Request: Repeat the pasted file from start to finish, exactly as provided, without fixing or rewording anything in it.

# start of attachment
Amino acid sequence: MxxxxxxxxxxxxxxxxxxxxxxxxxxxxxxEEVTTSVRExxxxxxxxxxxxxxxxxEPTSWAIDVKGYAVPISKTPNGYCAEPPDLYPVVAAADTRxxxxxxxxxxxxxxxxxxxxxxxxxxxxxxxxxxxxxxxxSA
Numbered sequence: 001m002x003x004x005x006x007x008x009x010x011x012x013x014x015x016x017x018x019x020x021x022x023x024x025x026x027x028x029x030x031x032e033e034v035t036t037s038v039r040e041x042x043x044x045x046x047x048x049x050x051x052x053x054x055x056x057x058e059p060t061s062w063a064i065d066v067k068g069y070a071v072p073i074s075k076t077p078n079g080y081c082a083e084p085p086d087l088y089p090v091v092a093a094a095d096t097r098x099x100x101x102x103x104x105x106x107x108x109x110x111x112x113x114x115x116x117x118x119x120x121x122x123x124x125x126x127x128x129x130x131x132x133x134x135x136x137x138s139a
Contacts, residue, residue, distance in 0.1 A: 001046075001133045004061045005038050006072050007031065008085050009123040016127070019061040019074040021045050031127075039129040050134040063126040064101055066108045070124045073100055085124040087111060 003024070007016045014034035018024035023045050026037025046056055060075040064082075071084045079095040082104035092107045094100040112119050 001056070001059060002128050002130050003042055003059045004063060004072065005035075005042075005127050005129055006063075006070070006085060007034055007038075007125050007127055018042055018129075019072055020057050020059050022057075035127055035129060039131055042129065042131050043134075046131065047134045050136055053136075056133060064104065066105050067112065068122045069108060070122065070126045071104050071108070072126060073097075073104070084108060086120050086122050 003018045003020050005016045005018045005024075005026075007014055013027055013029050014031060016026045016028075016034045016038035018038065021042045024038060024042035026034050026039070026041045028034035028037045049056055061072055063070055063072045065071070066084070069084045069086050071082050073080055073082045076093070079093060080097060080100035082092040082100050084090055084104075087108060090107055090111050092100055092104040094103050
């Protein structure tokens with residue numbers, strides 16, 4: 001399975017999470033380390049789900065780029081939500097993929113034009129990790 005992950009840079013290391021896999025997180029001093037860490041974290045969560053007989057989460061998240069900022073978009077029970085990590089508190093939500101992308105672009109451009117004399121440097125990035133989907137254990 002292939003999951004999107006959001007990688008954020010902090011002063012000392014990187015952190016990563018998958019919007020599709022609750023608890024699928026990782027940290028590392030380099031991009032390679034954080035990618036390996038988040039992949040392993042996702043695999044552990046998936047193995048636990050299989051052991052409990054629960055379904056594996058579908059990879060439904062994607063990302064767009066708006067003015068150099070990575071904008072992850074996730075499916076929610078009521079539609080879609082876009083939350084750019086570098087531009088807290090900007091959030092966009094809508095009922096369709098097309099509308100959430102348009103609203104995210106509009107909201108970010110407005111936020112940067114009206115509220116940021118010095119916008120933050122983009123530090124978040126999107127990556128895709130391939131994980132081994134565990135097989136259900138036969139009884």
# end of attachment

Amino acid sequence: MxxxxxxxxxxxxxxxxxxxxxxxxxxxxxxEEVTTSVRExxxxxxxxxxxxxxxxxEPTSWAIDVKGYAVPISKTPNGYCAEPPDLYPVVAAADTRxxxxxxxxxxxxxxxxxxxxxxxxxxxxxxxxxxxxxxxxSA
Numbered sequence: 001m002x003x004x005x006x007x008x009x010x011x012x013x014x015x016x017x018x019x020x021x022x023x024x025x026x027x028x029x030x031x032e033e034v035t036t037s038v039r040e041x042x043x044x045x046x047x048x049x050x051x052x053x054x055x056x057x058e059p060t061s062w063a064i065d066v067k068g069y070a071v072p073i074s075k076t077p078n079g080y081c082a083e084p085p086d087l088y089p090v091v092a093a094a095d096t097r098x099x100x101x102x103x104x105x106x107x108x109x110x111x112x113x114x115x116x117x118x119x120x121x122x123x124x125x126x127x128x129x130x131x132x133x134x135x136x137x138s139a
Contacts, residue, residue, distance in 0.1 A: 001046075001133045004061045005038050006072050007031065008085050009123040016127070019061040019074040021045050031127075039129040050134040063126040064101055066108045070124045073100055085124040087111060 003024070007016045014034035018024035023045050026037025046056055060075040064082075071084045079095040082104035092107045094100040112119050 001056070001059060002128050002130050003042055003059045004063060004072065005035075005042075005127050005129055006063075006070070006085060007034055007038075007125050007127055018042055018129075019072055020057050020059050022057075035127055035129060039131055042129065042131050043134075046131065047134045050136055053136075056133060064104065066105050067112065068122045069108060070122065070126045071104050071108070072126060073097075073104070084108060086120050086122050 003018045003020050005016045005018045005024075005026075007014055013027055013029050014031060016026045016028075016034045016038035018038065021042045024038060024042035026034050026039070026041045028034035028037045049056055061072055063070055063072045065071070066084070069084045069086050071082050073080055073082045076093070079093060080097060080100035082092040082100050084090055084104075087108060090107055090111050092100055092104040094103050
């Protein structure tokens with residue numbers, strides 16, 4: 001399975017999470033380390049789900065780029081939500097993929113034009129990790 005992950009840079013290391021896999025997180029001093037860490041974290045969560053007989057989460061998240069900022073978009077029970085990590089508190093939500101992308105672009109451009117004399121440097125990035133989907137254990 002292939003999951004999107006959001007990688008954020010902090011002063012000392014990187015952190016990563018998958019919007020599709022609750023608890024699928026990782027940290028590392030380099031991009032390679034954080035990618036390996038988040039992949040392993042996702043695999044552990046998936047193995048636990050299989051052991052409990054629960055379904056594996058579908059990879060439904062994607063990302064767009066708006067003015068150099070990575071904008072992850074996730075499916076929610078009521079539609080879609082876009083939350084750019086570098087531009088807290090900007091959030092966009094809508095009922096369709098097309099509308100959430102348009103609203104995210106509009107909201108970010110407005111936020112940067114009206115509220116940021118010095119916008120933050122983009123530090124978040126999107127990556128895709130391939131994980132081994134565990135097989136259900138036969139009884």